(ERGO) – Muse Mohamed Halane, 27, disabled from infancy by a bout of polio, succeeded in gaining a top class university education, only to be faced by a wall of discrimination from both public and private employers in the Somali capital, Mogadishu.
Turned away at 50 jobs he applied for, Muse now runs a tailoring shop he set up in January, where he employs two other disabled people and manages to support his family.
He is bitter that despite graduating with a first class honours degree in Business Administration and Management from Somali University in 2019, he was rejected by organisations advertising jobs for which he was fully qualified.
“I followed all the steps of the job applications and sent my CV to companies advertising job openings in my field of study. Unfortunately, I was discriminated against because of my disability,” he said.
“I feel aggrieved and upset when I am told ‘You can’t work because of your disability,’ – yet I passed my degree with an A and I have the knowledge. Being told you can’t do this job when you can clearly see the job can be done by a disabled person is really frustrating!” he said.
Muse applied for jobs in finance, accounting, human resources and customer care in telecommunications companies, educational institutions, and government offices in Banadir region. He was invited for 20 interviews, but on seeing him in person the employers informed him outright that despite having the right qualifications they could not hire him because of his disability.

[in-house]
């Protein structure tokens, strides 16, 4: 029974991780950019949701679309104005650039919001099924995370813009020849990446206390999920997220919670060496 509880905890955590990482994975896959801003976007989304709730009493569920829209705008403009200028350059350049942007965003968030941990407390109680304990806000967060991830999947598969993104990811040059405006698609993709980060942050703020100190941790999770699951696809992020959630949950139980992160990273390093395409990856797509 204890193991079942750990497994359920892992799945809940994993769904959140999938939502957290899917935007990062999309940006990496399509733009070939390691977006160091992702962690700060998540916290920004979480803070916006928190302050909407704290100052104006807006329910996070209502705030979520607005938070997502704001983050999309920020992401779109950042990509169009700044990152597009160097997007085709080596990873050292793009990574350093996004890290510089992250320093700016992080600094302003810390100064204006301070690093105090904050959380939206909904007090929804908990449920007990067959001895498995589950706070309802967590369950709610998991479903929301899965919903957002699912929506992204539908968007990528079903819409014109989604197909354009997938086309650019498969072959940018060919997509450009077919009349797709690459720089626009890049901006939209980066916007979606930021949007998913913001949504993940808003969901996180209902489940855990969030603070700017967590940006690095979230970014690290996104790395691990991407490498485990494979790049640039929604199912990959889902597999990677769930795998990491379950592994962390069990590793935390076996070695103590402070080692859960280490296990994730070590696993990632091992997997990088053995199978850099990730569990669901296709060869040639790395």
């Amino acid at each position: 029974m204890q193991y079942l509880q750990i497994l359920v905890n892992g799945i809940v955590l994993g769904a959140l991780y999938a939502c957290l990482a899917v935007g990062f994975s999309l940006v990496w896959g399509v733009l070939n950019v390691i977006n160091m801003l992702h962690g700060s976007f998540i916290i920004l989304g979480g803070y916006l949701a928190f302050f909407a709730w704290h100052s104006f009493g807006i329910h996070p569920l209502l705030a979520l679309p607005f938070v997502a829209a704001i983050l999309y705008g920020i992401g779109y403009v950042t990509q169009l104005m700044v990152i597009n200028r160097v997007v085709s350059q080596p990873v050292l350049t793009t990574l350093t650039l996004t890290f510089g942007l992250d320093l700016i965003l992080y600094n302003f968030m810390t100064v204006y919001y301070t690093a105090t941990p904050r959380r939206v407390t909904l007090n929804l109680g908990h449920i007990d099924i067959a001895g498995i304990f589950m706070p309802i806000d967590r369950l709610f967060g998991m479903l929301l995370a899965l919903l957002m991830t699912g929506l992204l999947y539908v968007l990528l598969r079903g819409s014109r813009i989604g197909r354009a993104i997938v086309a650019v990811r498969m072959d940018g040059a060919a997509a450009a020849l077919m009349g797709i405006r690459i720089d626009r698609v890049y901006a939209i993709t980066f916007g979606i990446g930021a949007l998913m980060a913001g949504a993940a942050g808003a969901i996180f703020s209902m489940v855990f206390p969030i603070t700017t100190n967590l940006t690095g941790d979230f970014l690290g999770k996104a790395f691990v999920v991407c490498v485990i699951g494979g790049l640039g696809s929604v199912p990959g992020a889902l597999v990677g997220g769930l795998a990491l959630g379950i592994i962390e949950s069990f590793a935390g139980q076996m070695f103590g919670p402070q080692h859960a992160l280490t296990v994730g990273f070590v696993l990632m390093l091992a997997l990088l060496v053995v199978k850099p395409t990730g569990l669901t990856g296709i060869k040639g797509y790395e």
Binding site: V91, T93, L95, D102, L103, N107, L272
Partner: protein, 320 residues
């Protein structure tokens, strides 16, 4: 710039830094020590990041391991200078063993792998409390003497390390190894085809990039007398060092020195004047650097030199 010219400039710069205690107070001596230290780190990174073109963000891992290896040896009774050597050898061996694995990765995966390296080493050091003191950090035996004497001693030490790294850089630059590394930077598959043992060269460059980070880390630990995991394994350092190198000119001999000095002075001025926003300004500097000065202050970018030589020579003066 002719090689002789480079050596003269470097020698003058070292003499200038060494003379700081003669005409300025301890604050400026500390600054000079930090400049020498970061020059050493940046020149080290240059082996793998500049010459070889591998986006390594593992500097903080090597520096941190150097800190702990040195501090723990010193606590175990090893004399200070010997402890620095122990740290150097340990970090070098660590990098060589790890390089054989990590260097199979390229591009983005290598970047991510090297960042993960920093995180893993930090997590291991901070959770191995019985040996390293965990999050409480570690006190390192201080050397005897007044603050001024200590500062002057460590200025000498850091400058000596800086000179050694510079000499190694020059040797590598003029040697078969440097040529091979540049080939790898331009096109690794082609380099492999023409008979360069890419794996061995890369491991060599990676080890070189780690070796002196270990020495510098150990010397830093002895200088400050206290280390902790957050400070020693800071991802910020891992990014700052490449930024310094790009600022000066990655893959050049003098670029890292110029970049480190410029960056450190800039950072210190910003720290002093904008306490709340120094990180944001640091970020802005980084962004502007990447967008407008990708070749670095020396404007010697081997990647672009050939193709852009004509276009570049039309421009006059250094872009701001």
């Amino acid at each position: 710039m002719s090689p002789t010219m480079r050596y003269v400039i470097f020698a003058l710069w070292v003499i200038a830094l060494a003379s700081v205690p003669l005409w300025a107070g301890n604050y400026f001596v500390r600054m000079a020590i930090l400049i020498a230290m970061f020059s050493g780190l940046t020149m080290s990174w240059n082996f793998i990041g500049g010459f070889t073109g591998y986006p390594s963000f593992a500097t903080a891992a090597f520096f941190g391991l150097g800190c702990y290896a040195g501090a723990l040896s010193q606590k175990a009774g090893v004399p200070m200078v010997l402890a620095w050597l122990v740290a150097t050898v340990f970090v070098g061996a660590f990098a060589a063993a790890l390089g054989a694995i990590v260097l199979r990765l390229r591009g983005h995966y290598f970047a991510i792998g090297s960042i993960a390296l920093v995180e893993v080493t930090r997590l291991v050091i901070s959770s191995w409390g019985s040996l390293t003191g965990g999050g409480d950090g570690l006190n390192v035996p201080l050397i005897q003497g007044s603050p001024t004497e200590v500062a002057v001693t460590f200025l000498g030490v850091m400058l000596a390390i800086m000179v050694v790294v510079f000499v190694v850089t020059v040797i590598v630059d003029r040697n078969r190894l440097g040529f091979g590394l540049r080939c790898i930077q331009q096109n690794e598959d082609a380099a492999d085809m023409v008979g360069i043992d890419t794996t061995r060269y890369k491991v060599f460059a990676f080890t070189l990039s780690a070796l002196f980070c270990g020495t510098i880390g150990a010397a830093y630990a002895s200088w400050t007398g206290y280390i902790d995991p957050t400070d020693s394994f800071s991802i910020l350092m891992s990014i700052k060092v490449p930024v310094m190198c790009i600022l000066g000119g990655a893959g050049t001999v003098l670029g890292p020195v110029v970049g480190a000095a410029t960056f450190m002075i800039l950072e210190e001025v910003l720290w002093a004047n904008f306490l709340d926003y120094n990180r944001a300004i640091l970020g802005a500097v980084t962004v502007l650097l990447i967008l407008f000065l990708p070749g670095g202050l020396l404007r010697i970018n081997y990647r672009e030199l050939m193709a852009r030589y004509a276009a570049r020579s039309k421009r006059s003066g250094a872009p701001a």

Muse told Radio Ergo he had always dreamed of a career job after completing his university studies. He was shocked by the rejections and unmasked discrimination he encountered.
Now, however, Muse is employing two other disabled people at his tailoring shop, which he opened with money from his uncle. He has five employees and makes $15-$20 in profit a day, enabling him to support his wife and two children who previously depended on his parents.
Muse, disabled since he was eight months old, says he judges people by their capabilities.
“I was given $2,000 when my family saw how distressed I was and that is how I started this place. I welcome the job seekers without any discrimination,” he said.
One of his employees is Mohamed Abukar Hassan, 22, who lost both legs in a car accident at the age of five. He had been searching for work for two years and started the job in March.
Mohamed, a father of one, received tailoring training in 2019 and uses a specially adapted sewing machine at Muse’s shop.
“I didn’t have any hope of getting a job here, but I got better than I expected and he was very welcoming. He asked me what I could do and he was quick to give me feedback that I got the job,” said Mohamed, who is on a $150 monthly salary.
The chairman of the Somali National Disability Association, Sayid Ali Abdullahi Salad, told Radio Ergo that most disabled people in Somalia find it hard to get a job or education. He said laws are needed to set aside an employment quota for disabled people in both public and private sectors.
“The Somali government is yet to ratify the National Disability Act, which if signed will clarify their political participation, education, environmental and employment rights. Once this law passes, people with disabilities will be able to seek their rights through a legal process,” he said.